Perceptions of culture shock of international students at Tennessee State University

Shirley Rankins Wingfield, Tennessee State University

Abstract

The purpose of this study was to measure the stress levels of international students studying at Tennessee State University. Cultural shock develops when students are placed in a new country, attending a new school with unfamiliar symbols of identification. The demographic variables in the study included age, sex, martial status, country, religion, degree sought, counseling, living arrangements, length of stay in the United States, number of countries visited, number of American friends, participation in American activities, grades, the degree of understanding spoken English, knowledge of the city, and satisfaction with American life. ^ The first influence measured by the survey was emotional symptoms which consisted of degrees of unhappiness, depression, problems concentrating, and worrying. The second influence measured by the survey was physical symptoms which consisted of headaches, sickness, stomachaches, and absent-mindedness. The third influence measured by the survey was behavior symptoms which consisted of degrees of feeling different, suicide thoughts, and laziness. The fourth influence measured by the survey was attitudinal symptoms which consisted of degrees of nervousness, not understanding what was going on, stubbornness, and having a complex about Americans. ^ A sign and table was set up in the university's campus center inviting international students to participate in the survey. Ninety-nine students elected to complete the survey. ^ The study showed no significant difference among age, sex, martial status, religion, counseling, living arrangements, knowledge of the city, participation in American activities, having American friends, communication skills, degree being sought, ability to speak English, orientation, length of stay in the United States, and emotional, physical, behavioral, or attitudinal symptoms. There was a statistically significant difference in grades and emotional symptoms. There was a statistically significant difference in satisfaction with American life and emotional and physical symptoms. There was a statistically significant difference in having a counselor and behavioral symptoms. There was a statistically significant difference in English speaking skills and behavioral and attitudinal symptoms. There was a statistically significant difference in religion and attitudinal symptoms. ^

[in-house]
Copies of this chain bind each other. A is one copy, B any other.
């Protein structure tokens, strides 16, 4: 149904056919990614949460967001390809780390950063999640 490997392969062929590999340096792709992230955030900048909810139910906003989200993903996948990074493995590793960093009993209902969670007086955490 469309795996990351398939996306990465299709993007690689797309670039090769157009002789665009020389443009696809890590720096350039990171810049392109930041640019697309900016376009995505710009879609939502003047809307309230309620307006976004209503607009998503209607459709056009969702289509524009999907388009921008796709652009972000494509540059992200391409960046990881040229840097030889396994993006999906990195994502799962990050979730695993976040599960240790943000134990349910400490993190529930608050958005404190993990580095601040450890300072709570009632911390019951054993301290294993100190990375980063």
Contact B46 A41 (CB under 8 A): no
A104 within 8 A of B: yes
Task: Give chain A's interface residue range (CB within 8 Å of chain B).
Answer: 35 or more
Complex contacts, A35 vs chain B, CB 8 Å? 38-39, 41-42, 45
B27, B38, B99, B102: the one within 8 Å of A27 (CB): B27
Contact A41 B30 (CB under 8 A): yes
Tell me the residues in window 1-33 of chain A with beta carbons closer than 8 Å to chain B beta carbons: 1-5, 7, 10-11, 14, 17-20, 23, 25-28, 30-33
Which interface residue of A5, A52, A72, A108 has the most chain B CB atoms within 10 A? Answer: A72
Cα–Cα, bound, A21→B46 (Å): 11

Subject Area

Education, Bilingual and Multicultural|Psychology, Behavioral|Speech Communication

Recommended Citation

Shirley Rankins Wingfield, "Perceptions of culture shock of international students at Tennessee State University" (2000). ETD Collection for Tennessee State University. Paper AAI3007592.
http://digitalscholarship.tnstate.edu/dissertations/AAI3007592

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